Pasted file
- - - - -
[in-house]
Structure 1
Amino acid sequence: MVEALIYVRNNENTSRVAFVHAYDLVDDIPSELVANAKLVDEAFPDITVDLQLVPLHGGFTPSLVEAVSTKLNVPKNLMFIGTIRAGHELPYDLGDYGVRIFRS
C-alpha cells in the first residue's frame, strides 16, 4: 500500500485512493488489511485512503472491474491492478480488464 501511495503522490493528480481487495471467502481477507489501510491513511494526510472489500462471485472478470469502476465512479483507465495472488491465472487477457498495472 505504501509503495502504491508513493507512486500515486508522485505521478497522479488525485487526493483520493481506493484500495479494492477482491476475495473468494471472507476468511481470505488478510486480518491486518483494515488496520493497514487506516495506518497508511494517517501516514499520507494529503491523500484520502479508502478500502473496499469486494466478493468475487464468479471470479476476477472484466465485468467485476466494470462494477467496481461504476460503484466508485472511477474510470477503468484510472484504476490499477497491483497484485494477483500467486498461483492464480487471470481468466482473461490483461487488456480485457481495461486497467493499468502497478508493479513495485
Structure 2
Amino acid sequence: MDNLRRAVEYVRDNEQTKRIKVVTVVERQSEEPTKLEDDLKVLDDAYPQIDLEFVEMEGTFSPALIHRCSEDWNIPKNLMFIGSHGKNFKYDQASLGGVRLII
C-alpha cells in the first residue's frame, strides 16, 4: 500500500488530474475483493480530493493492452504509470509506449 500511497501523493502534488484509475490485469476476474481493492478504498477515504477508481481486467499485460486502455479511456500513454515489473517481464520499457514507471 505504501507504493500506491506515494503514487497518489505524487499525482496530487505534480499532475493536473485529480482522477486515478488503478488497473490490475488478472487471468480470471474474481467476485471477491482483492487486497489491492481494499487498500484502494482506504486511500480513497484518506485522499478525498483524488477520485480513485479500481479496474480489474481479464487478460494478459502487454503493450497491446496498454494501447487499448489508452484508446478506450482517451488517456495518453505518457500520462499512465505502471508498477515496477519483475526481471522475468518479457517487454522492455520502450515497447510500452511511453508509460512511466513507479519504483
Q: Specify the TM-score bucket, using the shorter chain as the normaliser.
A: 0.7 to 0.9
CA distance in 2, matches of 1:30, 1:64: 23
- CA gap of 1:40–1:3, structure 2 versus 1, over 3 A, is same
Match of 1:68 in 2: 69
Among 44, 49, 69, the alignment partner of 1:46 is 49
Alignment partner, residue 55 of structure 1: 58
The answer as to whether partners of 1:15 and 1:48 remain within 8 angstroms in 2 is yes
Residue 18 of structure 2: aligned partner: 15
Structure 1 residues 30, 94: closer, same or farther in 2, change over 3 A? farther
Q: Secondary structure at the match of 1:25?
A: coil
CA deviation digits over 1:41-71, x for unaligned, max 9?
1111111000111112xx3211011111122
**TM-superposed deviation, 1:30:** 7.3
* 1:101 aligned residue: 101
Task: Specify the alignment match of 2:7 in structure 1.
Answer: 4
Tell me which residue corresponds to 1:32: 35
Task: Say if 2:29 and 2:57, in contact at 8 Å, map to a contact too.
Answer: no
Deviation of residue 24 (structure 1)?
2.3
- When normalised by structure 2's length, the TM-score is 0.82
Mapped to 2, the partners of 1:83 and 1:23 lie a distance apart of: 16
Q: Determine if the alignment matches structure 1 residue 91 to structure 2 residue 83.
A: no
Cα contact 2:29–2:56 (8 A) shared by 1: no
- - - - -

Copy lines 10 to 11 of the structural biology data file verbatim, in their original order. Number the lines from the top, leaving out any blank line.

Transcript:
CA distance in 2, matches of 1:30, 1:64: 23
- CA gap of 1:40–1:3, structure 2 versus 1, over 3 A, is same